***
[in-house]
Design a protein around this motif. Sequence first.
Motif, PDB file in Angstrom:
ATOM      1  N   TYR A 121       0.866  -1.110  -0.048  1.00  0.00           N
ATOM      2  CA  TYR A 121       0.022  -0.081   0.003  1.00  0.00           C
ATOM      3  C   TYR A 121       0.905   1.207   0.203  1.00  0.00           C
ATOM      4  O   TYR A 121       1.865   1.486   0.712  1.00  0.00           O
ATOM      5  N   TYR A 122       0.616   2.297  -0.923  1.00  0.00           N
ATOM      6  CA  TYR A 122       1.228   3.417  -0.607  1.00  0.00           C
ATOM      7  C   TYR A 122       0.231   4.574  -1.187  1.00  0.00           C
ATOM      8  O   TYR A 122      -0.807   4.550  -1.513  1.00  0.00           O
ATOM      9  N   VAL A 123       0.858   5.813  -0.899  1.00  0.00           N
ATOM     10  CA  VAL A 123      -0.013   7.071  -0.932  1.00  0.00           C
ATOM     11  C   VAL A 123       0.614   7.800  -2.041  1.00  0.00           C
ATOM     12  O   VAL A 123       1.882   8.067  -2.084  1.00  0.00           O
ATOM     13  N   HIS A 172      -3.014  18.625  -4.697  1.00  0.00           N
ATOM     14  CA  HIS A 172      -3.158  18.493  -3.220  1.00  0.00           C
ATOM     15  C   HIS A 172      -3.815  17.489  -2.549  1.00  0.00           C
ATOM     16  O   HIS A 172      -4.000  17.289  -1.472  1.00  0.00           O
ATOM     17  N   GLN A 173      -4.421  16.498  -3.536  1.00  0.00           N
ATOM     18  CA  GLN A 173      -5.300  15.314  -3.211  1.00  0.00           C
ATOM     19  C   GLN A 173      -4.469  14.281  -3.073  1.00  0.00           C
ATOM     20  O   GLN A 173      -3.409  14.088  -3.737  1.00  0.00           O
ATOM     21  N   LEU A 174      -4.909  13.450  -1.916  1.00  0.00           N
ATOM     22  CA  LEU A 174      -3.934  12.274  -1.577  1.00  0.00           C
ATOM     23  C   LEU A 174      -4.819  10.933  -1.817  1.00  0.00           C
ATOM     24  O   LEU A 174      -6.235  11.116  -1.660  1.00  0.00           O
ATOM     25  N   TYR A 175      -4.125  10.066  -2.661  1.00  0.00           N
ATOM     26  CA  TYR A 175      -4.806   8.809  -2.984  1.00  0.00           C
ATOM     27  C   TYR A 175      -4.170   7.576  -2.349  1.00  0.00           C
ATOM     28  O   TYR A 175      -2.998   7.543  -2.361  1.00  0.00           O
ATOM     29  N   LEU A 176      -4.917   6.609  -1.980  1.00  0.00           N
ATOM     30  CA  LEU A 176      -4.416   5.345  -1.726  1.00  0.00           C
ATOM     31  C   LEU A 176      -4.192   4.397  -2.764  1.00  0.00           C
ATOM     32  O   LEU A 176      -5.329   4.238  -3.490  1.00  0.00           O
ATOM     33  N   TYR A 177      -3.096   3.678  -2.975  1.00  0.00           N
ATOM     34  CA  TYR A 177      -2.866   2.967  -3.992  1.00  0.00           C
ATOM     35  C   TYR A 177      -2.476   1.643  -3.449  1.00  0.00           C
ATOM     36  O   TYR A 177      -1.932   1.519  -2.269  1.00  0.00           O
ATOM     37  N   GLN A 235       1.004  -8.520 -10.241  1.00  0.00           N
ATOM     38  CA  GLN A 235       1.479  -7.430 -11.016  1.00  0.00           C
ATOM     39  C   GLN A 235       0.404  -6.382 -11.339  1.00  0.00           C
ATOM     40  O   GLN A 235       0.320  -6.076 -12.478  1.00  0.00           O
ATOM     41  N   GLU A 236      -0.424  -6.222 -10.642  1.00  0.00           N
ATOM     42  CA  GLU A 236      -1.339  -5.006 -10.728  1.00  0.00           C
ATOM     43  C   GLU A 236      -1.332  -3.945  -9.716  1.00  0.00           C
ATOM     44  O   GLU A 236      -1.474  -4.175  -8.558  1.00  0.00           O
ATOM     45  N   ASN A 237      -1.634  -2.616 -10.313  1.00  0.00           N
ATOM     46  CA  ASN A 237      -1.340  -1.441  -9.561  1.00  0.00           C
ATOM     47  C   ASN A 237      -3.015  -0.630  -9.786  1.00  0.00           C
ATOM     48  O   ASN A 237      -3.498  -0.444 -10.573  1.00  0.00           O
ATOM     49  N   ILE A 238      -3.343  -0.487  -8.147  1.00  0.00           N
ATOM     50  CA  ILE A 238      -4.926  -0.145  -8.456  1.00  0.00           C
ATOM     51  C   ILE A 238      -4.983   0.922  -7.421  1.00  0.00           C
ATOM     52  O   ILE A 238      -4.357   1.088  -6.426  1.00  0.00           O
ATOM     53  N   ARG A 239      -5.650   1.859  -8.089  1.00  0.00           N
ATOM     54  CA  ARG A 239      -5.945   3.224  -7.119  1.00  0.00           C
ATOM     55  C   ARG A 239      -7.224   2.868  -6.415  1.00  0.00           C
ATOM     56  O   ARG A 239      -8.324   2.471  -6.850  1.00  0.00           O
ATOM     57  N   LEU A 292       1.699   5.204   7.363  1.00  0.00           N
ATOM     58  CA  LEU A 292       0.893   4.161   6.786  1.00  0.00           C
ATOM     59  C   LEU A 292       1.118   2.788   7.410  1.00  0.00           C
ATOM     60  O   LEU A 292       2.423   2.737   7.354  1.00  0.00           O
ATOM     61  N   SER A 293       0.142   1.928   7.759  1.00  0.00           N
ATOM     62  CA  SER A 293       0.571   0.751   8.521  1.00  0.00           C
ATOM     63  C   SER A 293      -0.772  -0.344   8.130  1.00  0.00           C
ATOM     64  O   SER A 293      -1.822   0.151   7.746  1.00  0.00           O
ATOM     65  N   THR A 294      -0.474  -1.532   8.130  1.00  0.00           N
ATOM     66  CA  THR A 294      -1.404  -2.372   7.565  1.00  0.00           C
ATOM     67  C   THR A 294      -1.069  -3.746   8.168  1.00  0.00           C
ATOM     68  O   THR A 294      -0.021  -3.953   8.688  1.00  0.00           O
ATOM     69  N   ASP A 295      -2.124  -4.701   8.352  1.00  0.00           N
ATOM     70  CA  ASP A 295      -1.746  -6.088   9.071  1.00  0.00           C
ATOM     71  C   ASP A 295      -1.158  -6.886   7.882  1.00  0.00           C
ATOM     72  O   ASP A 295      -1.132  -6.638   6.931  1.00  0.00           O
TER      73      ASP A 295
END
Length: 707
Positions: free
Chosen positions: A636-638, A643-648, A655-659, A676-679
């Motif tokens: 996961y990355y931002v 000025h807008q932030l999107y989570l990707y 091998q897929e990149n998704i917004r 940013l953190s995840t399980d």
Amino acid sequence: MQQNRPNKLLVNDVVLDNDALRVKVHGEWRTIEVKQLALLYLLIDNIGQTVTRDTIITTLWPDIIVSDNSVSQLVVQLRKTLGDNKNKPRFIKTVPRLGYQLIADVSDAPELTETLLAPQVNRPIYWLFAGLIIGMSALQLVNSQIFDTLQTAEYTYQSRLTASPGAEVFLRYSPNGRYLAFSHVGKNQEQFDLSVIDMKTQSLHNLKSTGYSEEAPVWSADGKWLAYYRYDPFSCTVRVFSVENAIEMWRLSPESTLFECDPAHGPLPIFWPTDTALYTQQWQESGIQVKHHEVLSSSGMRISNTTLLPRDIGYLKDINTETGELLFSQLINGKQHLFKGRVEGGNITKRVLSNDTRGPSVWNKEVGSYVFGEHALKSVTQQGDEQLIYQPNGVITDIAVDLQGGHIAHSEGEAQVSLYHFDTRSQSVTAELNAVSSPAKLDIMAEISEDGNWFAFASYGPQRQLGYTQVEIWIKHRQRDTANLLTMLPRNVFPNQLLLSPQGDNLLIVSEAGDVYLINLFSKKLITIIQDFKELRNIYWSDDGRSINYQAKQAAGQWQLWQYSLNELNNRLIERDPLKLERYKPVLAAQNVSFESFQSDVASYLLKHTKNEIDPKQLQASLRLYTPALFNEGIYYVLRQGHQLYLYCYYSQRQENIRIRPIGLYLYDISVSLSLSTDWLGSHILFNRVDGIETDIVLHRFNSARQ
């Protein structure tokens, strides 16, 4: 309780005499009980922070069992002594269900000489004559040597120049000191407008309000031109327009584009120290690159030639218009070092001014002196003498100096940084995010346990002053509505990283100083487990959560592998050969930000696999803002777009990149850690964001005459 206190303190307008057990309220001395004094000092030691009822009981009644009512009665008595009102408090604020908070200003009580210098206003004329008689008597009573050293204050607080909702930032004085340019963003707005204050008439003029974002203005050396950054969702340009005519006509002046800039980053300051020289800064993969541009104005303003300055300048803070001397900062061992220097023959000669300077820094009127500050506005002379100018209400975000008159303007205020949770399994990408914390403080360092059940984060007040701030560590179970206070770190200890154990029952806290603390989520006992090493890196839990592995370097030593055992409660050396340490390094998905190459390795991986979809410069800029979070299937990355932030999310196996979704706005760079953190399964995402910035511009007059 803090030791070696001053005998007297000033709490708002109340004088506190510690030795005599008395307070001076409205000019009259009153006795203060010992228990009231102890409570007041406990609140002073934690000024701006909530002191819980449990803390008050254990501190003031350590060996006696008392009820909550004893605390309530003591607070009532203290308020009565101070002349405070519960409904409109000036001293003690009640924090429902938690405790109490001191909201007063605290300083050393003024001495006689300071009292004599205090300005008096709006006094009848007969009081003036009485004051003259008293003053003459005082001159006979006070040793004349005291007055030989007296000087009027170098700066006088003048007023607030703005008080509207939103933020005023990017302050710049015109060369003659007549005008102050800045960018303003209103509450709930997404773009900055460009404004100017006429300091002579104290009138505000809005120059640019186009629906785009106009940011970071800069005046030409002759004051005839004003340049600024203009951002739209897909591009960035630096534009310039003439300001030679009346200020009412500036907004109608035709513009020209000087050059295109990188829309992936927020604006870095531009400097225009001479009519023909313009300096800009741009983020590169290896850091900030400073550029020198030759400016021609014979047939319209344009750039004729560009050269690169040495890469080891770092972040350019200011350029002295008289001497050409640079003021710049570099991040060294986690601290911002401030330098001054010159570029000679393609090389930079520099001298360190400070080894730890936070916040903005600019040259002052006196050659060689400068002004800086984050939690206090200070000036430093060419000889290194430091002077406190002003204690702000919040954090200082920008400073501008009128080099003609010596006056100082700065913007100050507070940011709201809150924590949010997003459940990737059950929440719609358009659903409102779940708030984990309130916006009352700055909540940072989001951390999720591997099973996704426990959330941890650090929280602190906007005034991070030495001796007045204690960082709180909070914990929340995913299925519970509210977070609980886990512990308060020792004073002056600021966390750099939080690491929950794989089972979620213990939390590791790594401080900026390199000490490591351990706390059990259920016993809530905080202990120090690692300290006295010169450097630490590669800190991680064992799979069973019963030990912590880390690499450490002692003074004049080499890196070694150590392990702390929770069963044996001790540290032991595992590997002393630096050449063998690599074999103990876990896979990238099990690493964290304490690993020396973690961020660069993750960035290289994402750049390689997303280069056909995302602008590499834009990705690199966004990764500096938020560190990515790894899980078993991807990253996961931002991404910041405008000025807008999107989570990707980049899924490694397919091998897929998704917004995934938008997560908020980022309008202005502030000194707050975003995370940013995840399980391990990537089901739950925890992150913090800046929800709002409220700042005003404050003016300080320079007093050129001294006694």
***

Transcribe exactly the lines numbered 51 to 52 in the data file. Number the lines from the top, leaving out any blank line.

ATOM     48  O   ASN A 237      -3.498  -0.444 -10.573  1.00  0.00           O
ATOM     49  N   ILE A 238      -3.343  -0.487  -8.147  1.00  0.00           N